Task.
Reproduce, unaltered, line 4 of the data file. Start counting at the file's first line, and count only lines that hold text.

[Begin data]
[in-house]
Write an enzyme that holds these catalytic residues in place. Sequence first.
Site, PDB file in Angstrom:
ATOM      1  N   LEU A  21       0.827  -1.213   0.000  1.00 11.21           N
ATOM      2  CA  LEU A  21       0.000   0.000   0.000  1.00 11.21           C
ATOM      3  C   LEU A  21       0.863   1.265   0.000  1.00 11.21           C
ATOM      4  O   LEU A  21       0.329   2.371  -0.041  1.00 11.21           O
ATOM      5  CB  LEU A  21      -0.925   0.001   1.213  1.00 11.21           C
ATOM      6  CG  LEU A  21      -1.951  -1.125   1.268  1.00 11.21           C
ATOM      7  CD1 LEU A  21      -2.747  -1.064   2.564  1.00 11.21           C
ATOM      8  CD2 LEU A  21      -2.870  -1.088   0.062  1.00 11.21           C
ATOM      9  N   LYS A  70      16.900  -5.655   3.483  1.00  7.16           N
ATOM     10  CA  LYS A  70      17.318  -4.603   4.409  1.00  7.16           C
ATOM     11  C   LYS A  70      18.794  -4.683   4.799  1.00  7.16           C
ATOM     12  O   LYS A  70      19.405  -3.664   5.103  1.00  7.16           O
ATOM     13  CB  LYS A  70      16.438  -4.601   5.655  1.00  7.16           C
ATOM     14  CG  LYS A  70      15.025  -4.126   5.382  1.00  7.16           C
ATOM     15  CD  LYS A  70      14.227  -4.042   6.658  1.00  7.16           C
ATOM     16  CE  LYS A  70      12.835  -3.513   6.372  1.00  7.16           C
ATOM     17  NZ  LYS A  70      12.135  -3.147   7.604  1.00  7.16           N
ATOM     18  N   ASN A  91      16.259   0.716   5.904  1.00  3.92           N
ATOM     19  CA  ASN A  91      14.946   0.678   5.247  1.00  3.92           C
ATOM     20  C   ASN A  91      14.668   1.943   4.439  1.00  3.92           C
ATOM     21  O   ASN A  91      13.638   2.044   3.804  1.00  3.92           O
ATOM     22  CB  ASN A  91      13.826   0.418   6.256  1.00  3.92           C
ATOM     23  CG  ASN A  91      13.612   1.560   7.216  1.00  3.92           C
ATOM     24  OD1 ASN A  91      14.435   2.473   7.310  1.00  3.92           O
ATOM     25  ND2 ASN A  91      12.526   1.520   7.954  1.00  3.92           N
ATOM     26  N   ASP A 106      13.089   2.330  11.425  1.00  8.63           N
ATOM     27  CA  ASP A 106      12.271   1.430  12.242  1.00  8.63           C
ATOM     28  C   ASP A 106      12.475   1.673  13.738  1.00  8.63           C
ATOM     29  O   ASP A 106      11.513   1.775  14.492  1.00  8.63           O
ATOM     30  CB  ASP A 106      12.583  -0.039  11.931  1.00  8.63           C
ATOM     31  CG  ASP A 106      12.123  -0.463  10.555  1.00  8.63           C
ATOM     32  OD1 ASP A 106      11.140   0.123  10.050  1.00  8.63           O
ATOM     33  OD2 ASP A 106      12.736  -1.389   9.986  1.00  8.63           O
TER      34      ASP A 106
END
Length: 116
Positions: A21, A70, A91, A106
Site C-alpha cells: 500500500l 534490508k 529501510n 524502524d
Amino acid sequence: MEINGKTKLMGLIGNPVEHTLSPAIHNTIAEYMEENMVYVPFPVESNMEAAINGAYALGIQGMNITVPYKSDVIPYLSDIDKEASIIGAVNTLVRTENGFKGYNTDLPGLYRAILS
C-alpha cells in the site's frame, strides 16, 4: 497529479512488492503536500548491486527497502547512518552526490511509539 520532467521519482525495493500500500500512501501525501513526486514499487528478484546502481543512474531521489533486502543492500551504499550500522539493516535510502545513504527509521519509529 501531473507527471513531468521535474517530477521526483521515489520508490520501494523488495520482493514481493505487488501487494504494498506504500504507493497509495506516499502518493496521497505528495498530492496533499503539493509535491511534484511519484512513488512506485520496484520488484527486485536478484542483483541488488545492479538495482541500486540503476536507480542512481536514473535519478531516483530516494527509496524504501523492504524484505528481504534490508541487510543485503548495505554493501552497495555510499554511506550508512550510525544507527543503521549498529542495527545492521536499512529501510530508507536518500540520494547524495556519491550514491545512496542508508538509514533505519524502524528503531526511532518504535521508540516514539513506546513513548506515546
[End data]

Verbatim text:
ATOM      1  N   LEU A  21       0.827  -1.213   0.000  1.00 11.21           N